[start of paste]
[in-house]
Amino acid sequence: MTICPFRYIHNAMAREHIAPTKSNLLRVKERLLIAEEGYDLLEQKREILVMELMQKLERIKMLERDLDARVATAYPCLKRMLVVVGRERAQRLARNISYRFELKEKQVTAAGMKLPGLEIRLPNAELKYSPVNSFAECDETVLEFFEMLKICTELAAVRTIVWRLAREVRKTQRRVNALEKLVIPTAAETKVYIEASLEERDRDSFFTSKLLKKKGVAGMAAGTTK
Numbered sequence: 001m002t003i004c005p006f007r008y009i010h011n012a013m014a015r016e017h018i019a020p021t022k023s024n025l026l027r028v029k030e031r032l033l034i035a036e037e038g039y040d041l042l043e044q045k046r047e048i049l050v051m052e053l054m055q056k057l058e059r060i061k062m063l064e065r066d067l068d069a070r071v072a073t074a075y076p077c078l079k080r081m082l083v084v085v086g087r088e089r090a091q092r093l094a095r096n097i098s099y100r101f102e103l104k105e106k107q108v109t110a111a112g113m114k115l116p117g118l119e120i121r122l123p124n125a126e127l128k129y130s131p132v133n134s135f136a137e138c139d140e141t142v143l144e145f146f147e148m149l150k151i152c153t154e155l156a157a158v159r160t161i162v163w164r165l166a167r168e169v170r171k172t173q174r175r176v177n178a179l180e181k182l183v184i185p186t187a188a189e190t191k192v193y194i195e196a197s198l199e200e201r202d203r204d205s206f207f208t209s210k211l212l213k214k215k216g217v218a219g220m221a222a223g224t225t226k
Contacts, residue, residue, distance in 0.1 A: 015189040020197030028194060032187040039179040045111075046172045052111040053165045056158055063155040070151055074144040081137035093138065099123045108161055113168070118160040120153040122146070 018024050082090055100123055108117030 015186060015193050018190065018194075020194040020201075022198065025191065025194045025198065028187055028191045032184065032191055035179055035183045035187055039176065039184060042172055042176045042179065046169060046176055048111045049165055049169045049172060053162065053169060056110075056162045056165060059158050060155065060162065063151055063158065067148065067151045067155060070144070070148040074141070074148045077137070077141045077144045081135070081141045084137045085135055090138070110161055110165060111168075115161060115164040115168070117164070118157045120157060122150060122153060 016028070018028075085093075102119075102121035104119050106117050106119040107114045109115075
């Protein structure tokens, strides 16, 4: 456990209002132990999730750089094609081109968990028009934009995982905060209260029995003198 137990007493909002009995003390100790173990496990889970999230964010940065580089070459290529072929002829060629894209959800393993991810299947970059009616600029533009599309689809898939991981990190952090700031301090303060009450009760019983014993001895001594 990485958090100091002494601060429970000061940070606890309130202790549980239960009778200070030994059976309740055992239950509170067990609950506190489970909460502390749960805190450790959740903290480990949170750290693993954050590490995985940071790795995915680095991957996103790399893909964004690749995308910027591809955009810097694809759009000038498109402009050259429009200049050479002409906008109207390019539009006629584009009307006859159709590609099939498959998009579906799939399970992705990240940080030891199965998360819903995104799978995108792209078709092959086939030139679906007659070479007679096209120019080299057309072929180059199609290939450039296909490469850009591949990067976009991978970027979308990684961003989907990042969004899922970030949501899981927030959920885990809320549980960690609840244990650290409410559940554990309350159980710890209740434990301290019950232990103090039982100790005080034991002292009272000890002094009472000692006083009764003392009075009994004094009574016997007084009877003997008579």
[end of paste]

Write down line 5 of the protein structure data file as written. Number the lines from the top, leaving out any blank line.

């Protein structure tokens, strides 16, 4: 456990209002132990999730750089094609081109968990028009934009995982905060209260029995003198 137990007493909002009995003390100790173990496990889970999230964010940065580089070459290529072929002829060629894209959800393993991810299947970059009616600029533009599309689809898939991981990190952090700031301090303060009450009760019983014993001895001594 990485958090100091002494601060429970000061940070606890309130202790549980239960009778200070030994059976309740055992239950509170067990609950506190489970909460502390749960805190450790959740903290480990949170750290693993954050590490995985940071790795995915680095991957996103790399893909964004690749995308910027591809955009810097694809759009000038498109402009050259429009200049050479002409906008109207390019539009006629584009009307006859159709590609099939498959998009579906799939399970992705990240940080030891199965998360819903995104799978995108792209078709092959086939030139679906007659070479007679096209120019080299057309072929180059199609290939450039296909490469850009591949990067976009991978970027979308990684961003989907990042969004899922970030949501899981927030959920885990809320549980960690609840244990650290409410559940554990309350159980710890209740434990301290019950232990103090039982100790005080034991002292009272000890002094009472000692006083009764003392009075009994004094009574016997007084009877003997008579």